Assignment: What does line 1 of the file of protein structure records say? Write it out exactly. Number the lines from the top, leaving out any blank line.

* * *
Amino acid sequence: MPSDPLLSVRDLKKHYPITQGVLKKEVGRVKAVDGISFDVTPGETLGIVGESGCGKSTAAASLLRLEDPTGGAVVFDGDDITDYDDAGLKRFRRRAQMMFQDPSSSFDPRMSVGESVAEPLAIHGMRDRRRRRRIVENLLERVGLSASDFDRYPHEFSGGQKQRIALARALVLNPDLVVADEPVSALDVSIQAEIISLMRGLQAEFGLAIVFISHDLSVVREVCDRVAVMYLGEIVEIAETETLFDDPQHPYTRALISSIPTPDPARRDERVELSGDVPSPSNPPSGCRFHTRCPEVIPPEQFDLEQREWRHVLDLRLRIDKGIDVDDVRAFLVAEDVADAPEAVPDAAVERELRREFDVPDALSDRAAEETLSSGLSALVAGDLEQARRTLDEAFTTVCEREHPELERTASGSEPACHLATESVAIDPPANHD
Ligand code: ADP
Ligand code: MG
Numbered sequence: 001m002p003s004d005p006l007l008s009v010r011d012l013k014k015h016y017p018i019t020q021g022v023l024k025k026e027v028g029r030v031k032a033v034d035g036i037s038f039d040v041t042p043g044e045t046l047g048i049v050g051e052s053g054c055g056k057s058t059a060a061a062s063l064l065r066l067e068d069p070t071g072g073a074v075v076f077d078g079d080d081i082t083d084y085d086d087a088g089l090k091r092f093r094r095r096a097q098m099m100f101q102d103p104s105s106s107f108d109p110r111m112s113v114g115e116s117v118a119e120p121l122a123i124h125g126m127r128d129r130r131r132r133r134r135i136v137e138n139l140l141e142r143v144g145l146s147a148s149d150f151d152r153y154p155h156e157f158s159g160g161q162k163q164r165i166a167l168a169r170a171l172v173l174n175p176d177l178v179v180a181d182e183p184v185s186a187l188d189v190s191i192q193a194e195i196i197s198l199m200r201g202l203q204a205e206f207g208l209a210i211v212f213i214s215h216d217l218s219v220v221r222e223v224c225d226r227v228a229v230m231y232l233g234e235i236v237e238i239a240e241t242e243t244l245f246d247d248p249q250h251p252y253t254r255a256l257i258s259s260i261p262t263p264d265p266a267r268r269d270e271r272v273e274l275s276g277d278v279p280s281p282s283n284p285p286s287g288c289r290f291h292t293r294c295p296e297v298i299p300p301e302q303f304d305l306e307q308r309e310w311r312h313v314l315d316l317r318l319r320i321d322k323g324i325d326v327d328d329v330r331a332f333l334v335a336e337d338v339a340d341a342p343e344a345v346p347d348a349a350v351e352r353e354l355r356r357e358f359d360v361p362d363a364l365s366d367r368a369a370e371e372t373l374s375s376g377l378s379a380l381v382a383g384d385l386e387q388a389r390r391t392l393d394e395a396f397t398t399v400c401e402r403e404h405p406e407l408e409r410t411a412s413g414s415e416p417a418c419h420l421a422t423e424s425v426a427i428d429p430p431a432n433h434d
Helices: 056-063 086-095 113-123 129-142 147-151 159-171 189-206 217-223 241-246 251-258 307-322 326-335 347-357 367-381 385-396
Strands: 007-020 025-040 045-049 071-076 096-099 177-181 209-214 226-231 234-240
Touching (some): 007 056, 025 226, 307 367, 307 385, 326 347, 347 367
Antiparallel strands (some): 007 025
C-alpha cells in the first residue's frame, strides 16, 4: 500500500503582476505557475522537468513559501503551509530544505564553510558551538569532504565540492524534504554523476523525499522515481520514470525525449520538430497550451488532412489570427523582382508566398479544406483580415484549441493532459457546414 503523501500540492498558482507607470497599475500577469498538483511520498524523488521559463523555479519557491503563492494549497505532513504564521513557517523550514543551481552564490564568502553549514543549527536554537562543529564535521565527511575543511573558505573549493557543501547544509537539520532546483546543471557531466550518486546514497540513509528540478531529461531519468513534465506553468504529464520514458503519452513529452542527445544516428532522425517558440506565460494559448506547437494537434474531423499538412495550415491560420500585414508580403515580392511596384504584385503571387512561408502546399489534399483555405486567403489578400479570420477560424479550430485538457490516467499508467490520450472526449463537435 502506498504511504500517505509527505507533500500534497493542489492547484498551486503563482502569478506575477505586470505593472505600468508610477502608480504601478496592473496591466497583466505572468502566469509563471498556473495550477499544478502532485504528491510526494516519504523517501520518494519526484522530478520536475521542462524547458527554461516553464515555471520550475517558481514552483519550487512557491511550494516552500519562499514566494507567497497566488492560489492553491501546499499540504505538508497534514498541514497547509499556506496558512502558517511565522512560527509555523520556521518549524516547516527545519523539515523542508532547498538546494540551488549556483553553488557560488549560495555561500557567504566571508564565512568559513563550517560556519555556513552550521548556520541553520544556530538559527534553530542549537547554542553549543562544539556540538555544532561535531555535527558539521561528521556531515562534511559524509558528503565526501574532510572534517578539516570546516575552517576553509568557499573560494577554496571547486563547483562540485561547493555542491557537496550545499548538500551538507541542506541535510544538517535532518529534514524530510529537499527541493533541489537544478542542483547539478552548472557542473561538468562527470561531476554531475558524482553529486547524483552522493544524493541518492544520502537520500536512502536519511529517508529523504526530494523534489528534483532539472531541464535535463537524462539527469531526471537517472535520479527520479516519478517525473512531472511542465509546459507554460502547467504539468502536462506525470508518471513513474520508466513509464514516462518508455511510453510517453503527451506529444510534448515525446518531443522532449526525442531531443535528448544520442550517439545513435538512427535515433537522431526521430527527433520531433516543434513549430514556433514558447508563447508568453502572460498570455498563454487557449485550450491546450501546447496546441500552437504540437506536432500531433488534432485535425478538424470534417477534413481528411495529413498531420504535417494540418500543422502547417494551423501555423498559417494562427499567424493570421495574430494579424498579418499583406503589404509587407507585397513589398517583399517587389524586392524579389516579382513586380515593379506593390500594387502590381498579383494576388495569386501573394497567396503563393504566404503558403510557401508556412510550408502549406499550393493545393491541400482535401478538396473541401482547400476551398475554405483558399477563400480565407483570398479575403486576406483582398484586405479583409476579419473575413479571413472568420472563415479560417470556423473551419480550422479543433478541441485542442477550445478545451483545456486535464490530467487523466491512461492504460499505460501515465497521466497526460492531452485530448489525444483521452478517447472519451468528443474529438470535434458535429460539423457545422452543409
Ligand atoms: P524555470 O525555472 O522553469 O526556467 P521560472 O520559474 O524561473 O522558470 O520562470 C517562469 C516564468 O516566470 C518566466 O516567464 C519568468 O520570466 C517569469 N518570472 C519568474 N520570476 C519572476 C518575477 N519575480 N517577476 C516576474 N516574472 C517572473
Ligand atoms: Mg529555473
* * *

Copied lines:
Amino acid sequence: MPSDPLLSVRDLKKHYPITQGVLKKEVGRVKAVDGISFDVTPGETLGIVGESGCGKSTAAASLLRLEDPTGGAVVFDGDDITDYDDAGLKRFRRRAQMMFQDPSSSFDPRMSVGESVAEPLAIHGMRDRRRRRRIVENLLERVGLSASDFDRYPHEFSGGQKQRIALARALVLNPDLVVADEPVSALDVSIQAEIISLMRGLQAEFGLAIVFISHDLSVVREVCDRVAVMYLGEIVEIAETETLFDDPQHPYTRALISSIPTPDPARRDERVELSGDVPSPSNPPSGCRFHTRCPEVIPPEQFDLEQREWRHVLDLRLRIDKGIDVDDVRAFLVAEDVADAPEAVPDAAVERELRREFDVPDALSDRAAEETLSSGLSALVAGDLEQARRTLDEAFTTVCEREHPELERTASGSEPACHLATESVAIDPPANHD